In an aspect of the invention, there is provided a method for producing a diallyl ester of an aromatic dicarboxylic acid, comprising heating an ester of an aromatic dicarboxylic acid and allyl alcohol at a temperature of 100 to 200 C. in the presence of a mixture consisting essentially of one part by mole of catalyst (A) and 0.01 to 5 parts by mole of catalyst (B), the catalyst (A) being at least one organic tin compound of the formula (I): ##STR1## where R1 and R2 respectively represent an alkyl group of 1 to 8 carbon atoms or a phenyl group, and X represents two halogen atoms or an oxygen atom and the amount of the organic tin compound being 0.3 to 5 mole % of the ester of the aromatic dicarboxylic acid, the catalyst (B) being at least a simple substance of or a compound of a metallic element selected from the group consisting of magnesium, zinc, tin, lead, aluminum, nickel and zirconium.

BACKGROUND AND DETAILED DESCRIPTION OF THE INVENTION

The present invention relates to a method for producing diallyl ester of an aromatic dicarboxylic acid having an excellent transmissivity by ester-exchange reaction between dialkyl ester of the aromatic dicarboxylic acid and allyl alcohol, particularly a novel method for obtaining diallyl esters of a symmetrical aromatic dicarboxylic acid at a high yield.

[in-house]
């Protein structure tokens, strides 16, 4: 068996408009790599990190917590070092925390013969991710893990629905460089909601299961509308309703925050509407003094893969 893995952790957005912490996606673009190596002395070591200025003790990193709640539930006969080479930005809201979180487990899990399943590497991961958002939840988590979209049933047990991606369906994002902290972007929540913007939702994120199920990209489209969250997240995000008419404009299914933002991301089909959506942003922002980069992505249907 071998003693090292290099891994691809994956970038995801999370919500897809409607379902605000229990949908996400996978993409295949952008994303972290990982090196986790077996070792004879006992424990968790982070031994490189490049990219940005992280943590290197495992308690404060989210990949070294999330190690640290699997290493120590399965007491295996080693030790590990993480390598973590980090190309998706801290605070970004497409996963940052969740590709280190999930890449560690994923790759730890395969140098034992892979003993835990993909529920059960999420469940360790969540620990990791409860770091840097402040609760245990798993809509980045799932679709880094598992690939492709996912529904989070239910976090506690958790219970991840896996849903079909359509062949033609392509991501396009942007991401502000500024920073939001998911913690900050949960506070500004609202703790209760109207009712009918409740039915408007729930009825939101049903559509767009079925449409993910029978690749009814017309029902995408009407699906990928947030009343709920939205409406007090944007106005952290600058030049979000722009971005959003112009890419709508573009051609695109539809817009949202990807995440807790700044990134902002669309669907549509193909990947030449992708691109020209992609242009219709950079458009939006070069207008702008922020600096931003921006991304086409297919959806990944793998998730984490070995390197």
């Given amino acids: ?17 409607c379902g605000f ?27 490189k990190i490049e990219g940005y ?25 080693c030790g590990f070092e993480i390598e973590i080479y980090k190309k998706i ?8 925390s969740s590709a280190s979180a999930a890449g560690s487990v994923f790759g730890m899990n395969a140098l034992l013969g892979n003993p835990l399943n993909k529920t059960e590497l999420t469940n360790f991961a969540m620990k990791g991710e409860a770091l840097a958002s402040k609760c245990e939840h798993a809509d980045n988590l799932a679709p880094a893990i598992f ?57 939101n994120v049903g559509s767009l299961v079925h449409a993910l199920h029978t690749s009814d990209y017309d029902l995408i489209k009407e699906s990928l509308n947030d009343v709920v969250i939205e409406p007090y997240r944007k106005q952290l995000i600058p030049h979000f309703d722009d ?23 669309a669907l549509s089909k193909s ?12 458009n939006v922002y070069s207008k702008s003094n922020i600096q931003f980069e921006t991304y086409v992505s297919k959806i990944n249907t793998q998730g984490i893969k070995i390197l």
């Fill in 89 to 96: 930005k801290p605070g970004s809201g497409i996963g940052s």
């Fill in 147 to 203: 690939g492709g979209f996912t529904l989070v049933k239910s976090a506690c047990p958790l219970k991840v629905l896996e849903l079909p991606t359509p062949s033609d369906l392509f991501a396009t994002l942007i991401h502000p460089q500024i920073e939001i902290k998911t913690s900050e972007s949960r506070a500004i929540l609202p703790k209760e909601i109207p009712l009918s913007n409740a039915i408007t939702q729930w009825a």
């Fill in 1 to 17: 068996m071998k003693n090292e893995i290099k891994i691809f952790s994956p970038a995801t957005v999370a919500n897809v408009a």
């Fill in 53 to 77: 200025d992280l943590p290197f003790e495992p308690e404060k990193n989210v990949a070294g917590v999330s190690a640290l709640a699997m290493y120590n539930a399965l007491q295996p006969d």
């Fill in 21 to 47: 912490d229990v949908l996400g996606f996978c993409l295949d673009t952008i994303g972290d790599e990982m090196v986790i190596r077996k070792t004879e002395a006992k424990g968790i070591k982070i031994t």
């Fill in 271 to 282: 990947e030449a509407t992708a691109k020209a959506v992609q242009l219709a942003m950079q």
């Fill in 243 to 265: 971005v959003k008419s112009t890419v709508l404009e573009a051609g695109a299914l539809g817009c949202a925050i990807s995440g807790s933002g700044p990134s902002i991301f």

Polymerization product of diallyl ester of a symmetrical aromatic dicarboxylic acid, for instance, that of diallyl terephthalic acid, is excellent in electric properties, dimensional stability, heat resistance, weather-proofness, resistance to chemicals and mechanical properties as compared to the polymerization product of diallyl ester of non-symmetrical aromatic dicarboxylic acid and accordingly, the former has been broadly utilized as electrical material, mechanical material and construction material. Further, recently, it has been found that the above-mentioned polymer is also excellent in optical properties such as transparency, refractive index and surface hardness, and the polymer is expected as optical material.

As the conventional method for producing diallyl ester of aromatic dicarboxylic acid, the following methods have been known:

(1) a method of directly esterifying aromatic dicarboxylic acid with allyl alcohol,

(2) a method of condensing metal salt of aromatic dicarboxylic acid with allyl halide in the presence of tertiary amine as a catalyst in an aqueous medium or in an anhydrous reaction system, and

(3) a method of ester-exchange reaction between ester of aromatic dicarboxylic acid and allyl alcohol.

However, the method of direct esterification (1) proceeds slowly and so it is necessary to carry out the reaction at a high temperature for a long time period accompanied by unfavorable phenomena such as polymerization of allyl alcohol and colouring of the reaction product. Moreover, the reactivity of symmetrical aromatic dicarboxylic acid and allyl alcohol in the direct reaction is unfavorably poor.